Michel Bauwens on peer production

Monday evening, I’ve been to a reading on peer production in Amsterdam (@ Waag Society). Besides the excellent talk, I met some wonderful people as well! I had heard and read about the peer to peer foundation earlier, but didn’t really dive into it then. Now, hearing Michel speak was really fascinating. He has the capacity to extract some generalizations about peer production that apply to much more than just open source software. In a way, it’s more of a cultural change than any specific field to which an open, ‘voluntary participation based’ process is applied. Michel was able to clearly put the current state of affairs and developments in a historical context. This thought experiment allowed us to think much more out of the box, which is important since every person has a degree of paradigm lock-in. Paradigm lock-in can be attributed to the fact that it takes learning of a reference frame to start understanding things within this framework. If you want to understand the sames things from another perspective, we should have learnt both perspectives in parallel. Unlearning an older, tacit but consolidated mental model or reference frame is a low and hard process, which has to do with neuroplasticity. But let’s not lose track of what I was talking about… I really welcome Michel’s anthropological approach and like to integrate it with my own ideas and my experiences with open source.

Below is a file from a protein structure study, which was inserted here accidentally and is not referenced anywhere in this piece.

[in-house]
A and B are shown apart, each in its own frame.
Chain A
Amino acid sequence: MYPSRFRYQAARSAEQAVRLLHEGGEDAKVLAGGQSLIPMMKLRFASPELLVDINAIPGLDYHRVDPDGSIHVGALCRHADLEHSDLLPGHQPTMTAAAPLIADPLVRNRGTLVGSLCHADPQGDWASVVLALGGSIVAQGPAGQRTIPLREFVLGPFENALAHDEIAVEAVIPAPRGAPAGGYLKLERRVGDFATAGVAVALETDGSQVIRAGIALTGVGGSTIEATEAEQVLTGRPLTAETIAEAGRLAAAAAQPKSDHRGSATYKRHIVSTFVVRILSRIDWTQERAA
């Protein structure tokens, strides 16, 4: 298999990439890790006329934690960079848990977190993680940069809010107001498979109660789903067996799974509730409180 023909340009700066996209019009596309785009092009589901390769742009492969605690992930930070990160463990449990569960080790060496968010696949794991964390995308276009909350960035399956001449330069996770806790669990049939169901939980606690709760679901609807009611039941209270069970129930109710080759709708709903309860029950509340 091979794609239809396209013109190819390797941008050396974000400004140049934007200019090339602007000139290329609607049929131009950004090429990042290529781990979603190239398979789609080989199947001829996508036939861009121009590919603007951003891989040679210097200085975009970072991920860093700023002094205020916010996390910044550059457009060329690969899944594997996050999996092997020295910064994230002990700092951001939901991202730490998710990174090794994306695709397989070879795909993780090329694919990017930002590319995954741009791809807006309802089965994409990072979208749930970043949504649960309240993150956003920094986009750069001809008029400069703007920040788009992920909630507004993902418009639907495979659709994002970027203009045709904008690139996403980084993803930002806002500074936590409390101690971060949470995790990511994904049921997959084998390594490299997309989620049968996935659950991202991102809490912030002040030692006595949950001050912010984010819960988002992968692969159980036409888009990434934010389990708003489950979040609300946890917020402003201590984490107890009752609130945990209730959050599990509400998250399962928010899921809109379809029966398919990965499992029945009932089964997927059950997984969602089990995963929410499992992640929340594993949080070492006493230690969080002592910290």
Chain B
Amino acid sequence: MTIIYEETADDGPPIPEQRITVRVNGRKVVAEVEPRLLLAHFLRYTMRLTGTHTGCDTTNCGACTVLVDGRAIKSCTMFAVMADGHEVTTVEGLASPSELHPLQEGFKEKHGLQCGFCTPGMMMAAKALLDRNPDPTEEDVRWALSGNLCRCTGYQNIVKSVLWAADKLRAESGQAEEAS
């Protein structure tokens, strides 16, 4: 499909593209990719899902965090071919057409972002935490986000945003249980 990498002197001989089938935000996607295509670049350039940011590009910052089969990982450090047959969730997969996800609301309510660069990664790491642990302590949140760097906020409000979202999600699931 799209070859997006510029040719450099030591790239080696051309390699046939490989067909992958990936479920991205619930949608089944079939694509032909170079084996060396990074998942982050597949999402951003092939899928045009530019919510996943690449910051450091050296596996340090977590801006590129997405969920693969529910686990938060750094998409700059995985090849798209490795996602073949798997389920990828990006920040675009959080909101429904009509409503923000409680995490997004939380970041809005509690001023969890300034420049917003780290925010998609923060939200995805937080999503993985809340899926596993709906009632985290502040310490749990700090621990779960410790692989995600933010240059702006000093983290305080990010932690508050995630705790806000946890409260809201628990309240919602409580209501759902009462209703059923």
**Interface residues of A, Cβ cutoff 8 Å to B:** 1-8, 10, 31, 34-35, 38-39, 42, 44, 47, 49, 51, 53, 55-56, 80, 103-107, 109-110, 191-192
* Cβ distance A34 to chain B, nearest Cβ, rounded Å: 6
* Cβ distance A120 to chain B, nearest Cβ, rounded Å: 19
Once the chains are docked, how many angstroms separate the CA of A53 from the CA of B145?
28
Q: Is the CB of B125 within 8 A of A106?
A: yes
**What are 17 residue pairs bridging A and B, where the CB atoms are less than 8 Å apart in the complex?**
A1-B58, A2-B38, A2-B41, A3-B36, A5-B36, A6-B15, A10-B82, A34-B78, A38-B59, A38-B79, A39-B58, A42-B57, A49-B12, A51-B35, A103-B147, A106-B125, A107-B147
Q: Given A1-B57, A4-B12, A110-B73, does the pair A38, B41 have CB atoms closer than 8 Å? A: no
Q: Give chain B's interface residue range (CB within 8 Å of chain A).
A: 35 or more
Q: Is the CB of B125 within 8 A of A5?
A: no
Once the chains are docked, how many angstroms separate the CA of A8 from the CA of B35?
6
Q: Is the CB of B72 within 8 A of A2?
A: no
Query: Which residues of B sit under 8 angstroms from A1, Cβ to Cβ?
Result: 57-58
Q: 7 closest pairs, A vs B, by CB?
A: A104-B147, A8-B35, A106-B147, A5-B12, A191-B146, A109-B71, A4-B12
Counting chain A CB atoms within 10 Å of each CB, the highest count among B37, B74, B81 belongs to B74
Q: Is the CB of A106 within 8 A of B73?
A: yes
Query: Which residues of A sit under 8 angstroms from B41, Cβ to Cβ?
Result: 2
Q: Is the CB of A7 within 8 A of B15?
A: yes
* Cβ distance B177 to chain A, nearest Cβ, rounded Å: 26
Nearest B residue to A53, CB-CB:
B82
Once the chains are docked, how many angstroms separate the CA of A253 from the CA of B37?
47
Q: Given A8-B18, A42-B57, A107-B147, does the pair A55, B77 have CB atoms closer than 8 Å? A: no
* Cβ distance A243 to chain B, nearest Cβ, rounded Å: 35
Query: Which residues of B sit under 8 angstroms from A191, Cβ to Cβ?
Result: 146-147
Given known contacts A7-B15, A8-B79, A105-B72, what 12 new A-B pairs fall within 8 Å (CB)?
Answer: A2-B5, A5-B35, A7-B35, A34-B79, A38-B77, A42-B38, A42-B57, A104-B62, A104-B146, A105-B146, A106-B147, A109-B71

What was interesting was that Michel was really hoping for peer production of material goods (as opposed to virtual goods) would become significant. We see this happening. Open source PowerLineComms, Private GSM networks, MP3 players, wearable electronics, game consoles, a multitude of embeddable electronics (controllers), robot controllers, alarm clocks, various gadgets, an open source EEG (measures brainwaves) and ECG, 3D printers, robot kits, etc. Most things vary from useful, to educational or plain fun, or any combination. Your plant’s pot can now contain a module to send you an SMS in case your plant needs water. I think that 3D printing can create another wave of innovation and peer production. It’s nice to see I’m not the only one who’s convinced of the transformational power of technology and persistent benevolent people.

I may write more on this subject later, but now I have some other obligations to attend to.

You may also like...